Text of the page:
Robert Downey Jr. Nearly Joined DC Before His Marvel Career


Batman’s numerous big-screen iterations have brought a long list of different Bruce Waynes who have faced off with three Jokers (four if you count Joaquin Phoenix), three Catwomen, two Penguins, two Banes, two Riddlers, and two Harvey Dents. But, up to now, there’s been only one big screen live-action interpretation of Jonathan Crane, also known as Scarecrow. Cillian Murphy — one of this year’s Best Actor Academy Award nominees — made the role his through a nuanced portrayal of the mystifying villain in Batman Begins and its sequels. But had things gone differently in a meeting preceding the production of the film, we might have gotten a very different Scarecrow.

In yet another tale for the multiverse, Robert Downey Jr. revealed in a Q&A session following an Oppenheimer screening that he once met with Christopher Nolan to talk about the part of Scarecrow in the Dark Knight trilogy. This would’ve brought him head-to-head with Christian Bale’s Bruce Wayne in a fight of epic proportions. Perhaps it’d have been the closest we’d be to getting a Tony Stark and Bruce Wayne showdown of sorts on the big screen. Now, we know Downey Jr. certainly didn’t get the part — having the actor show up as part of DC Comics’ big screen multiverse is something we still have yet to see — but what exactly went down in his conversation with Nolan, and what were its repercussions?

Robert Downey Jr. Pitched Himself to Christopher Nolan To Be Scarecrow
We can all agree on what Downey Jr.’s everlasting, undeniable, and, perhaps, most defining quality is — his unwavering confidence. In his meeting with Nolan, he pitched himself with the certainty of having the ability to embody the part. Somewhere along his pitch, he noted things going sideways with Nolan. Not by anything in particular, given Nolan was polite during the whole meeting but, at some point, he just accepted the fact he wasn’t getting the role.

But while Downey Jr. didn’t get to play Scarecrow, Murphy got to intertwine the part with his gravitas and deliver a fearsome portrayal of Jonathan Crane. A terrifying but silly-looking villain that was reserved for the comic book and animated adventures of the Caped Crusader, got a much-deserved darker upgrade. Batman Begins stands as one of the most solid entries in Batman lore, thanks in part to his take. Besides, had Downey Jr. been cast in the trilogy, it might have gotten in the way of him being front-and-center of a certain multimillion dollar franchise. While starring in the Dark Knight trilogy wouldn’t have prevented him from joining the Marvel Cinematic Universe, perhaps he wouldn’t have been the first choice for the role of a lifetime: Tony Stark, aka Iron Man.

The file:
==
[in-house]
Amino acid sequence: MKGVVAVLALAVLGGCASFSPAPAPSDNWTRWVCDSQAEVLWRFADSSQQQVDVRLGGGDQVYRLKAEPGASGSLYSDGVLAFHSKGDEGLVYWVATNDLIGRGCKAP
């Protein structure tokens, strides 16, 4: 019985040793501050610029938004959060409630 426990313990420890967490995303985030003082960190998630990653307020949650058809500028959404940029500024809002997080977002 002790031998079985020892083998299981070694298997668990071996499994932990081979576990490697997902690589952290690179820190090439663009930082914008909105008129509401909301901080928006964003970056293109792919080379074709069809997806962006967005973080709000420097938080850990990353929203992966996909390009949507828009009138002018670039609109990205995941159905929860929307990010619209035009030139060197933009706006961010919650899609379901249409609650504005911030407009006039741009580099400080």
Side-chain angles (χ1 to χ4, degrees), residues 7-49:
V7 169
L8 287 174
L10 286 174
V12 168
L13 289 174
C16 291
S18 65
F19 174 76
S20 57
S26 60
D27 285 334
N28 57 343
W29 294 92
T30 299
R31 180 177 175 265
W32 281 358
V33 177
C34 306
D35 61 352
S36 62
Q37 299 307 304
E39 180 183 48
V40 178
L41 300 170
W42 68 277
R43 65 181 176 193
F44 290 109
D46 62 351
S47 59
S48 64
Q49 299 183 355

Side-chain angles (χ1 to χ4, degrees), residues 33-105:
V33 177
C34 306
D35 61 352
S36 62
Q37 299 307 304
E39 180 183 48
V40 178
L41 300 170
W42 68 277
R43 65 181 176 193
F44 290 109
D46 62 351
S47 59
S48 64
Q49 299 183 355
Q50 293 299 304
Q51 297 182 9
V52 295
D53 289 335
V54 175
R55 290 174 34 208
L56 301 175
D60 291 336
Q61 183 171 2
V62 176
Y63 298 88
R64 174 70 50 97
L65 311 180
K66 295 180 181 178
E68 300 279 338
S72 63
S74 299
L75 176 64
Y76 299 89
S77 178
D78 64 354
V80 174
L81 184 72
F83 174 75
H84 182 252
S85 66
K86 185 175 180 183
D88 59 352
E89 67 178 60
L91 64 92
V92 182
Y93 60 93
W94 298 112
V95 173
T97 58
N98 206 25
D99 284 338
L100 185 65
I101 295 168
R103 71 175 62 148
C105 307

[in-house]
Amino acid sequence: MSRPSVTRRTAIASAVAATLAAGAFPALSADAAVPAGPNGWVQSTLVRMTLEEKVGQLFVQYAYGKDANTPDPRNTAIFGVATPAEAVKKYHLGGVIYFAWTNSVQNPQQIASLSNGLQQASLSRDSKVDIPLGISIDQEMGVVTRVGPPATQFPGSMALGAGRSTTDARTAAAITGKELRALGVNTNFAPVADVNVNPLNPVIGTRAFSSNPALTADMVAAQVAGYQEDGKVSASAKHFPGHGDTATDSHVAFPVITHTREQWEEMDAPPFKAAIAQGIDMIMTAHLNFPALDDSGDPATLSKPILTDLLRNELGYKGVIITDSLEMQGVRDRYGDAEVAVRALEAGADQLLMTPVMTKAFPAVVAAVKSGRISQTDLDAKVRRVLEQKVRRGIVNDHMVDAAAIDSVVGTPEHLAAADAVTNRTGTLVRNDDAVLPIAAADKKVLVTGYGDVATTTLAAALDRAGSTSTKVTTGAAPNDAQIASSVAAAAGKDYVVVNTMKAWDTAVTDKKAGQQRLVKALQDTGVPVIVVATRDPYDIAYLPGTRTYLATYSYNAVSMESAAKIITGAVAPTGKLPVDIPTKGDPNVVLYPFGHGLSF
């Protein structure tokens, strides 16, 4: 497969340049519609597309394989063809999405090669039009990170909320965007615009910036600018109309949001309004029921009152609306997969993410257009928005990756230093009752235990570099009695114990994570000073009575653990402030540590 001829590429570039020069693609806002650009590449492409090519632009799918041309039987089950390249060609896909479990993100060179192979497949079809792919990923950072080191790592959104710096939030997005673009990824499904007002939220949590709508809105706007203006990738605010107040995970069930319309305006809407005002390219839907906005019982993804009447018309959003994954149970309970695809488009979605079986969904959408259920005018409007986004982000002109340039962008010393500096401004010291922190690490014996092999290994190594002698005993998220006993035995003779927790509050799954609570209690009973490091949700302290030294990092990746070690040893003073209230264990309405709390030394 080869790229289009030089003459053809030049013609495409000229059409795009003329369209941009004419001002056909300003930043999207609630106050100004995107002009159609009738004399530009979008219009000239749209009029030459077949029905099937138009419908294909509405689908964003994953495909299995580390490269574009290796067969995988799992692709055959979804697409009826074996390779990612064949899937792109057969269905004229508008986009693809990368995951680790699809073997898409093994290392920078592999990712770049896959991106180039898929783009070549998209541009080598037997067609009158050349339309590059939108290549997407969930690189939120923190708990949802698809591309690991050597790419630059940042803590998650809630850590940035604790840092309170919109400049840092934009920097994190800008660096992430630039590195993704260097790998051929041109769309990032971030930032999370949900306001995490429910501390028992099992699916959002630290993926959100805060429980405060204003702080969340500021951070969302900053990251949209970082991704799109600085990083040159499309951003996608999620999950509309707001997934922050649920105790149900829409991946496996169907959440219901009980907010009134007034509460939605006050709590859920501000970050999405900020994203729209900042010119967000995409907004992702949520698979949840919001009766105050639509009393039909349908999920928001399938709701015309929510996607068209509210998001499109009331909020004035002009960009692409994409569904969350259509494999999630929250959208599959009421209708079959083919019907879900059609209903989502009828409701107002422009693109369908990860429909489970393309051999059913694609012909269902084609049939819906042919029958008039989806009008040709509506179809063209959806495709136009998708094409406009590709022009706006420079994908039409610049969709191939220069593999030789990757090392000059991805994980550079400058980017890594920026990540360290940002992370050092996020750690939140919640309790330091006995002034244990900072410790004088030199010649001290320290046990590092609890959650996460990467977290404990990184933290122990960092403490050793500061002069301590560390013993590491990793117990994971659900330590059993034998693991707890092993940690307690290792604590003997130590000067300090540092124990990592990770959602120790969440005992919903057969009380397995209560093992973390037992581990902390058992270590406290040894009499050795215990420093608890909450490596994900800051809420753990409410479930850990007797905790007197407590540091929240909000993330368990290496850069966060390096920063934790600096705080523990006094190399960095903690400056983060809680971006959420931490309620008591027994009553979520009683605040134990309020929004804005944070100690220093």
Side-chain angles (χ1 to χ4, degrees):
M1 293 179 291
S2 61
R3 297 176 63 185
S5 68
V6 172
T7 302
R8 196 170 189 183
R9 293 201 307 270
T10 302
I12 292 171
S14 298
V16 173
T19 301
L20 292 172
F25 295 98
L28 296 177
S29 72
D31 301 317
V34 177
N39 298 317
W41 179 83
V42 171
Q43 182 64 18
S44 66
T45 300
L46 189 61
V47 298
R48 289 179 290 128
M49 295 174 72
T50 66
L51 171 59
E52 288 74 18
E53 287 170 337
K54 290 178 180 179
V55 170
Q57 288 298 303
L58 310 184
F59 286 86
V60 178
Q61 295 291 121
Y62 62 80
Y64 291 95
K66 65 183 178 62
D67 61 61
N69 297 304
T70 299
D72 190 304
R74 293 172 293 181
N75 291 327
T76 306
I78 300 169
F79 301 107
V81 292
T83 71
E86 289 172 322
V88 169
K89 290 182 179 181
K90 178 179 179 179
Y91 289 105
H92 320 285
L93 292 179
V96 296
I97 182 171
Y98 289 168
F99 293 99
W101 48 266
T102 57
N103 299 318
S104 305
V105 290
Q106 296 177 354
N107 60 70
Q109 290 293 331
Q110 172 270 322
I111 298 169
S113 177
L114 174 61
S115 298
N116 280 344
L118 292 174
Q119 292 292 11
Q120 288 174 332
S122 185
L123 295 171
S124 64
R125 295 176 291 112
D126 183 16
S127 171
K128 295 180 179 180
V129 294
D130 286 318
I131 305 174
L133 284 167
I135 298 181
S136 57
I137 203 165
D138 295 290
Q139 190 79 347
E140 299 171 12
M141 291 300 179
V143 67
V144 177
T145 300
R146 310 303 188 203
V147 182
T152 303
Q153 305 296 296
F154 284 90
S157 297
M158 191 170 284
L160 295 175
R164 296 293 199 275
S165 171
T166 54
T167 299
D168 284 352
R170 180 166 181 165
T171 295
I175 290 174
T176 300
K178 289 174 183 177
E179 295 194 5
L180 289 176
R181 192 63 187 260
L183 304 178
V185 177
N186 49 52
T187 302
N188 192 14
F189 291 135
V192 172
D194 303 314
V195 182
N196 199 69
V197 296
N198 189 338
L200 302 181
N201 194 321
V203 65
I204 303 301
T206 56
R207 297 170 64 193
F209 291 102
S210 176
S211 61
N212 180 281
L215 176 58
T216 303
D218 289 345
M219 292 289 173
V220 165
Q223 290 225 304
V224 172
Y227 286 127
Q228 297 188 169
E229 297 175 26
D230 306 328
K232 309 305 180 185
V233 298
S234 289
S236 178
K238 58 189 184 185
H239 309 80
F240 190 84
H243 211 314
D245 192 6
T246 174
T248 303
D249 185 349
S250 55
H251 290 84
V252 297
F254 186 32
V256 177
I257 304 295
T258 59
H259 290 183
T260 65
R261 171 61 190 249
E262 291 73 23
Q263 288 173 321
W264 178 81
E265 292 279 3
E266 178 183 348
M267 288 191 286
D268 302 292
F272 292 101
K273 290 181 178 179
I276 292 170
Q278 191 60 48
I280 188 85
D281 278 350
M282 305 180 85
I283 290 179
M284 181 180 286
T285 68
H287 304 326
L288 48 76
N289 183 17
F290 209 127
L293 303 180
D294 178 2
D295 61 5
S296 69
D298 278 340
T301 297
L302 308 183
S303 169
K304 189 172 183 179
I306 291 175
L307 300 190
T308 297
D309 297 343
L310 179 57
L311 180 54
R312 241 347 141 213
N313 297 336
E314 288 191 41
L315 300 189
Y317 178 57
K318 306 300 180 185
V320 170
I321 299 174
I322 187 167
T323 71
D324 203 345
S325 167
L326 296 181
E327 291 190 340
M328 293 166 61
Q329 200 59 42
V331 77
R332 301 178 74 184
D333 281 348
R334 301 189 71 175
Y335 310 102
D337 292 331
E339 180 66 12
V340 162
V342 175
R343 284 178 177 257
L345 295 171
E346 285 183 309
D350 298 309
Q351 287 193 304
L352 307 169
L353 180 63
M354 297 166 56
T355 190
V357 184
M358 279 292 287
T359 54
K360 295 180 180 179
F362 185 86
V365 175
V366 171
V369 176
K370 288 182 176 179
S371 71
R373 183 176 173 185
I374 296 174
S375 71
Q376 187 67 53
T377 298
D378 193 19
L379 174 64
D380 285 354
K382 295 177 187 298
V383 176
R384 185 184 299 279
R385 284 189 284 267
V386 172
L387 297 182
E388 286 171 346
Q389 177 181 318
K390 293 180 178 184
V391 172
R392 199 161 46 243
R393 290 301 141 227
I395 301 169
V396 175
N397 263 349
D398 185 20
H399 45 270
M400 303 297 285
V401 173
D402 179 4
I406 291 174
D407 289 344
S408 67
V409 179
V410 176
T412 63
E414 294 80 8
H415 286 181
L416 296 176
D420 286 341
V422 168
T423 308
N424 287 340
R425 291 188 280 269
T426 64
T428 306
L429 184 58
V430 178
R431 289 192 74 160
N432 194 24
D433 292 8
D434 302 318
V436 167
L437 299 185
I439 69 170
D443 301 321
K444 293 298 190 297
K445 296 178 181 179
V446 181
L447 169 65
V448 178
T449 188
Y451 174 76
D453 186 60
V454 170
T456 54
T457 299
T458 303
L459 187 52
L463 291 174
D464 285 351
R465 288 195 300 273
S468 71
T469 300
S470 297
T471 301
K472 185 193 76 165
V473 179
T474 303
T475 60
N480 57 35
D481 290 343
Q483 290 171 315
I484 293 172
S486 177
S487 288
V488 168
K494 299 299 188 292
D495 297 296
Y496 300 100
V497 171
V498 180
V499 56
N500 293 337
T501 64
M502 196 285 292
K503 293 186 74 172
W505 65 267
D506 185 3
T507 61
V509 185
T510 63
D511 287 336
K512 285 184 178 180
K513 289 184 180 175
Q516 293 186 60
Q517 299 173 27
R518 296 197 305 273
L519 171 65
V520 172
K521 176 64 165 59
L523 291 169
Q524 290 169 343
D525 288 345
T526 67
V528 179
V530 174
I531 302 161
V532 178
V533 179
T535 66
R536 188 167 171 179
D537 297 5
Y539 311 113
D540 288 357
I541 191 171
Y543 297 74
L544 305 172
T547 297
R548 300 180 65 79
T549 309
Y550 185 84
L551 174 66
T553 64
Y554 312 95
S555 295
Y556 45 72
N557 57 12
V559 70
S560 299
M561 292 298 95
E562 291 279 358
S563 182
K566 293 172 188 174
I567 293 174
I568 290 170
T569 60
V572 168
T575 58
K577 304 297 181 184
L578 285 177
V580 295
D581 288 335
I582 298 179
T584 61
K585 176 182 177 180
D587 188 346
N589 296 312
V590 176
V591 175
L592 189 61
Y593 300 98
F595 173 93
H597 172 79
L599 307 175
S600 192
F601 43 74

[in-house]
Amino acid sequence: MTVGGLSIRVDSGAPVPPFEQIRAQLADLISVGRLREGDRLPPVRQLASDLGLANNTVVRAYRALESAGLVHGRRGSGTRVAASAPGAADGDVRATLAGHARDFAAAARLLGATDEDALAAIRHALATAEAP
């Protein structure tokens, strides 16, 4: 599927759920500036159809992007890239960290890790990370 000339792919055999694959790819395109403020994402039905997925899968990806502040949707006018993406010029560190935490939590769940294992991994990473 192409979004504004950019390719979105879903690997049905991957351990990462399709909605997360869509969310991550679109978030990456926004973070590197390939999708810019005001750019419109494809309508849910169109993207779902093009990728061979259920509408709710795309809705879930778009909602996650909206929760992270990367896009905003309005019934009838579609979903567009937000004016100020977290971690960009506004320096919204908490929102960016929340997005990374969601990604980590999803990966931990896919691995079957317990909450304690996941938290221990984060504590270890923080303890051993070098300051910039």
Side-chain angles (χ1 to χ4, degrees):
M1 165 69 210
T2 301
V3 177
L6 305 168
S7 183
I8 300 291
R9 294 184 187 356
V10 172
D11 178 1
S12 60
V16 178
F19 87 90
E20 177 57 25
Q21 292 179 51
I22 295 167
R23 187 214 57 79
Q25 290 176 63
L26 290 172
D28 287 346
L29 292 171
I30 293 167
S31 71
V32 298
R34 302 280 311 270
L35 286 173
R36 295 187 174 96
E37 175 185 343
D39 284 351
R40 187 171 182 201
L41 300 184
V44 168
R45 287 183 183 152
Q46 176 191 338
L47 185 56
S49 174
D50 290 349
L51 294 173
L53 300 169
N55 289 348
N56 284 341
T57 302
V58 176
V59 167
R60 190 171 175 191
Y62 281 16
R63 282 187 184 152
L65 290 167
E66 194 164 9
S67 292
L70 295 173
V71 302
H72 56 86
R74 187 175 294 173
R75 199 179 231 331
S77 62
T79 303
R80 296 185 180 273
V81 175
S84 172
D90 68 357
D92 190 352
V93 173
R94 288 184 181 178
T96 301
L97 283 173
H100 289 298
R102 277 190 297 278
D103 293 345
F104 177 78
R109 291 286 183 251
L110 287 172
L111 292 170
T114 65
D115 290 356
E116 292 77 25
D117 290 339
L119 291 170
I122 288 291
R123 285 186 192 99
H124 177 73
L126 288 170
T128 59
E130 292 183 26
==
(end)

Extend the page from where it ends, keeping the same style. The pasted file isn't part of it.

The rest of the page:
Downey Jr.’s confidence in having the chops to play Jonathan Crane is not unfounded. It’s easy to envision, since Crane and Tony Stark are more similar than one might think at first glance. Both are scheming masterminds who see the bigger picture to execute their plots, and have taken advantage of their enemies’ (and even their allies’) weaknesses, exploiting them for their benefit. Crane and Stark also share a defining trait — they are addicts. While Stark’s addiction is to alcohol and has been under control ever since Iron Man 2, Crane is addicted to the rush brought forth by fear, and it serves as his motor to move forward with his evil machinations. One could argue the MCU’s Tony Stark is addicted to his version of protecting Earth, which causes problems in numerous Avengers outings.

Although Crane and Stark share these similarities, the main difference lies in their core intentions. Whereas Stark’s goals have always been altruistic (though sometimes a bit misguided) and searching for the common good, Crane has always sought chaos and vengeance. Although the MCU version of Stark has seen some dark days, he’s never gotten twisted enough to bring forth an obscure side with real repercussions. The exploration of a truly darker Downey Jr. in a comic book role, whether it’s DC or Marvel, is something audiences have yet to witness.

So, if getting a darker Downey Jr. role is something you crave, look no further. Life has a way of making every piece fall into place and, in this case, finally united Downey Jr. and Nolan. Years after their chat regarding the Scarecrow role, the duo teamed up for Oppenheimer, along with Murphy — the actual Scarecrow — nonetheless. In the film, the roles are reversed, with Murphy playing the titular well-intentioned J. Robert Oppenheimer and Downey Jr. in the antagonistic role of Lewis Strauss. Strauss becomes fixated on bringing down Oppenheimer after he assumes the scientist had a conversation about him with Albert Einstein (Tom Conti). He goes to the length of scheming to summon a security hearing to undermine Oppenheimer’s influence and achievements.

This new piece of information about Downey Jr. and Nolan meeting all those years back makes you wonder what his Scarecrow would’ve looked like. With Downey Jr. doubling down on not intending to return to the MCU, we’ve yet to see if this decision expands to superhero films in general, or if there’s a way to see him in a DCU adaptation. The lesson here is that Downey Jr. and Nolan work well, regardless of the film’s genre. Perhaps, from now on, Downey Jr. could join Murphy and company in the roster of Nolan’s frequent collaborators. Timing is everything, and the timing for Downey Jr. and Nolan to finally collaborate came at the right moment.

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